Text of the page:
<i18n dev> Reading Linux filenames in a way that will map back the same on open?

Martin Buchholz martinrb at google.com
Tue Sep 9 20:58:02 PDT 2008

Java made the decision to use String as an abstraction
for many OS-specific objects, like filenames (or environment variables).
Most of the time this works fine, but occasionally you can notice
that the underlying OS (in the case of Unix) actually uses
arbitrary byte arrays as filenames.

It would have been much more confusing to provide an interface
to filenames that is sometimes a sequence of char, sometimes a
sequence of byte.

So this is unlikely to change.

But if all you want is reliable reversible conversion,
using java -Dfile.encoding=ISO-8859-1
should do the trick.


On Tue, Sep 9, 2008 at 17:39, Dan Stromberg <dstromberglists at gmail.com> wrote:
> Sorry if this is the wrong list for this question.  I tried asking it
> on comp.lang.java, but didn't get very far there.
> I've been wanting to expand my horizons a bit by taking one of my
> programs and rewriting it into a number of other languages.  It
> started life in python, and I've recoded it into perl
> (http://stromberg.dnsalias.org/~strombrg/equivalence-classes.html).
> Next on my list is java.  After that I'll probably do Haskell and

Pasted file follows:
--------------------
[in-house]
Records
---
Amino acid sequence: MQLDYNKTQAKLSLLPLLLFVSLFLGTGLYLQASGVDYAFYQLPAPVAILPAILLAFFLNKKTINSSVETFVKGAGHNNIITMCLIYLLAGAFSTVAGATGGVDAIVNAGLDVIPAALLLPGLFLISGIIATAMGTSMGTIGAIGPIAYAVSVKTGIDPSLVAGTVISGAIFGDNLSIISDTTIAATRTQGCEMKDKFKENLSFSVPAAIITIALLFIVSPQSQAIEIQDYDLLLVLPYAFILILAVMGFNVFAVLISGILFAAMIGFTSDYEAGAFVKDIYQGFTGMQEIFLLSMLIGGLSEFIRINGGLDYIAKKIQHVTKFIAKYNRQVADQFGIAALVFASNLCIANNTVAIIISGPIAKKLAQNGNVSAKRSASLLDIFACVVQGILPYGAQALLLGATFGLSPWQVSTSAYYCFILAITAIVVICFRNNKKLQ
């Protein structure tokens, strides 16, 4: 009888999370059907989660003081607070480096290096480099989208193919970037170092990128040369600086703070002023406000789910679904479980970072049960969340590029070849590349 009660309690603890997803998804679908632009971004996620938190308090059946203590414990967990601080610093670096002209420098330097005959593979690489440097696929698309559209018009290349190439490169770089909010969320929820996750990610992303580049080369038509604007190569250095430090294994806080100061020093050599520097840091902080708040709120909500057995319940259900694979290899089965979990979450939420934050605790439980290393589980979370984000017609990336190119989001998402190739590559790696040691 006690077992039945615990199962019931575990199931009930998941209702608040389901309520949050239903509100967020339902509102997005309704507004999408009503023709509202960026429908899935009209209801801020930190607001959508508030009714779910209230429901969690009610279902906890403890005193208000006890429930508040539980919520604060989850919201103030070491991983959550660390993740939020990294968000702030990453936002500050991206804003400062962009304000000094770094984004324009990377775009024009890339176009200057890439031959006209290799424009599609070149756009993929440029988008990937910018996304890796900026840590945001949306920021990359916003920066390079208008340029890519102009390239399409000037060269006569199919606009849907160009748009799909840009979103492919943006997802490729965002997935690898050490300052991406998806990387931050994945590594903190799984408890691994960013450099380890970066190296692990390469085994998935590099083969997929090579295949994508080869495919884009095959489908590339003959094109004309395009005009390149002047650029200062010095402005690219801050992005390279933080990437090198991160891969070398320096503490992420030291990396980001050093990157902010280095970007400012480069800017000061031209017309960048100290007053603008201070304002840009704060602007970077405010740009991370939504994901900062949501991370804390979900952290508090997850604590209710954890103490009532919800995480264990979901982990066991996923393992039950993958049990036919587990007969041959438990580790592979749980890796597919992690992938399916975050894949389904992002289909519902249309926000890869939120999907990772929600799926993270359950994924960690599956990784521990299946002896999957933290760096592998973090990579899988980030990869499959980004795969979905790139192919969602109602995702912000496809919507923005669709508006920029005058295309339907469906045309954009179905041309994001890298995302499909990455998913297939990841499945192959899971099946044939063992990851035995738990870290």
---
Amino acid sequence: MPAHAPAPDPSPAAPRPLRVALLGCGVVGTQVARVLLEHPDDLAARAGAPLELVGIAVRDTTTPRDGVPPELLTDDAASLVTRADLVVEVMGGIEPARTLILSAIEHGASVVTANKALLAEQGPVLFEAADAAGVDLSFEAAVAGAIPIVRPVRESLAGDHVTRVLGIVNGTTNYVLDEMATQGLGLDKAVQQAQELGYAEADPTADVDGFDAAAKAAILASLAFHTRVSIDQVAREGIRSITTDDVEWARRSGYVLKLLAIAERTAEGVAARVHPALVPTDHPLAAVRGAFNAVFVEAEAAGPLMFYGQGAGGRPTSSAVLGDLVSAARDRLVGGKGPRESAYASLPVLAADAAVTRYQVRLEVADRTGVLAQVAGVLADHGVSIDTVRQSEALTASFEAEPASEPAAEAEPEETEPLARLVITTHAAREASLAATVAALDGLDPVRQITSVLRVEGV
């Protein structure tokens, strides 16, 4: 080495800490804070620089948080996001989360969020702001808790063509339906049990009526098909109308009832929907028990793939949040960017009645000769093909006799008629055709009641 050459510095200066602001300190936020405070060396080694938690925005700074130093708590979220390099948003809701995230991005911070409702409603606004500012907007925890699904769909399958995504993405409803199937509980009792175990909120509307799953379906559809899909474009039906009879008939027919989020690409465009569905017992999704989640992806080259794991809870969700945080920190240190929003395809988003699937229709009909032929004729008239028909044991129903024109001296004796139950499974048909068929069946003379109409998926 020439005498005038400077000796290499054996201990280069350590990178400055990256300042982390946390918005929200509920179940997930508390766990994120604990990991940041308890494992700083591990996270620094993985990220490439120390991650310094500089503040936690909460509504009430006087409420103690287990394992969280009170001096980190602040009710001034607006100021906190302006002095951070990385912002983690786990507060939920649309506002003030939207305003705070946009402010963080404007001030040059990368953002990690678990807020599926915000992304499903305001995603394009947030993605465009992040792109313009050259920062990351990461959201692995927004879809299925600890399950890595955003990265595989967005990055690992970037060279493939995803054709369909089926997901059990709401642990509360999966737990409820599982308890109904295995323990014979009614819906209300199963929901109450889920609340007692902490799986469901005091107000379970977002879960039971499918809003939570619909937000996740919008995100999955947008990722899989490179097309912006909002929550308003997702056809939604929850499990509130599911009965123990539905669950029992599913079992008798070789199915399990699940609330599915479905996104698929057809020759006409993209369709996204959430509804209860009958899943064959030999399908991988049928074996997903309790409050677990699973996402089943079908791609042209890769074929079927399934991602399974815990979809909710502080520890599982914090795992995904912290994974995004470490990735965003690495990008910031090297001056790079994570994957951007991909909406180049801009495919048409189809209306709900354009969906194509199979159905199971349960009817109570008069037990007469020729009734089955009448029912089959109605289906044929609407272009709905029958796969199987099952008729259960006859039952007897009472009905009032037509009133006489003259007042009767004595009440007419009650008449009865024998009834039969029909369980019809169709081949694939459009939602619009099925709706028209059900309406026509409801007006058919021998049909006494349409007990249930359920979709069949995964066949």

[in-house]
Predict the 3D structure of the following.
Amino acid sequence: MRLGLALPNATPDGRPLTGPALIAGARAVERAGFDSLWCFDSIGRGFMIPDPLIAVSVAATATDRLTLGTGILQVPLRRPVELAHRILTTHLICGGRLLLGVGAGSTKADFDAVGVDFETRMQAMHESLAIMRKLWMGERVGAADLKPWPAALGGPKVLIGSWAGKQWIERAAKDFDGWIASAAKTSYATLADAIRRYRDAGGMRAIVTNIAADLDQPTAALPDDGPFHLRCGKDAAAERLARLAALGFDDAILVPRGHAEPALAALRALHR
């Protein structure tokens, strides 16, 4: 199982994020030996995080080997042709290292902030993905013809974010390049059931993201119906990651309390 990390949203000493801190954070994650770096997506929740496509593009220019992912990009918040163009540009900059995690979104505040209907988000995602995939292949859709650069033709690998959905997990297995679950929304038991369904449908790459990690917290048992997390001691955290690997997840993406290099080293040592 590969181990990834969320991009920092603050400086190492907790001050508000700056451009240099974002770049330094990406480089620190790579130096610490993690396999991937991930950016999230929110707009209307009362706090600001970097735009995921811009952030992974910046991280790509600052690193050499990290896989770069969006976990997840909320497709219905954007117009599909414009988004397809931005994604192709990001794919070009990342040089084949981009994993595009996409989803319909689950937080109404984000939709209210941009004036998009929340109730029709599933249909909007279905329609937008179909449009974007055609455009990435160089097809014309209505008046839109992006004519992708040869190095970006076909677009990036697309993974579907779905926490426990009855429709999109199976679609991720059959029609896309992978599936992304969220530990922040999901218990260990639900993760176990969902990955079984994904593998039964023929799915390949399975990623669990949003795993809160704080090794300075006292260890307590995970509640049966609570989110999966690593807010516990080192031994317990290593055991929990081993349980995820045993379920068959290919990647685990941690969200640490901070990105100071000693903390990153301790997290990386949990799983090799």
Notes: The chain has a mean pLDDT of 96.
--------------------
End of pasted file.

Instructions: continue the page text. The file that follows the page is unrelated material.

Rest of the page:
> Eiffel/Sather.
> So the python and perl versions were pretty easy, but I'm finding that
> the java version has a somewhat solution-resistant problem with
> non-ASCII filenames.
> The program just reads filenames from stdin (usually generated with
> the *ix find command), and then compares those files, dividing them up
> into equal groups.
> The problem with the java version, which manifests both with OpenJDK
> and gcj, is that the filenames being read from disk are 8 bit, and the
> filenames opened by the OpenJDK JVM or gcj-compiled binary are 8 bit,
> but as far as the java language is concerned, those filenames are made
> up of 16 bit characters.  That's fine, but going from 8 to 16 bit and
> back to 8 bit seems to be non-information-preserving in this case,
> which isn't so fine - I can clearly see the program, in an strace,
> reading with one sequence of bytes, but then trying to open
> another-though-related sequence of bytes.  To be perfectly clear: It's
> getting file not found errors.
> By playing with $LC_ALL, $LC_CTYPE and $LANG, it appears I can get the
> program to handle files with one encoding, but not another.  I've
> tried a bunch of values in these variables, including ISO-8859-1, C,
> POSIX, UTF-8, and so on.
> Is there such a thing as a filename encoding that will map 8 bit
> filenames to 16 bit characters, but only using the low 8 bits of those
> 16, and then map back to 8 bit filenames only using those low 8 bits
> again?
> Is there some other way of making a Java program on Linux able to read
> filenames from stdin and later open those filenames?
> Thanks!

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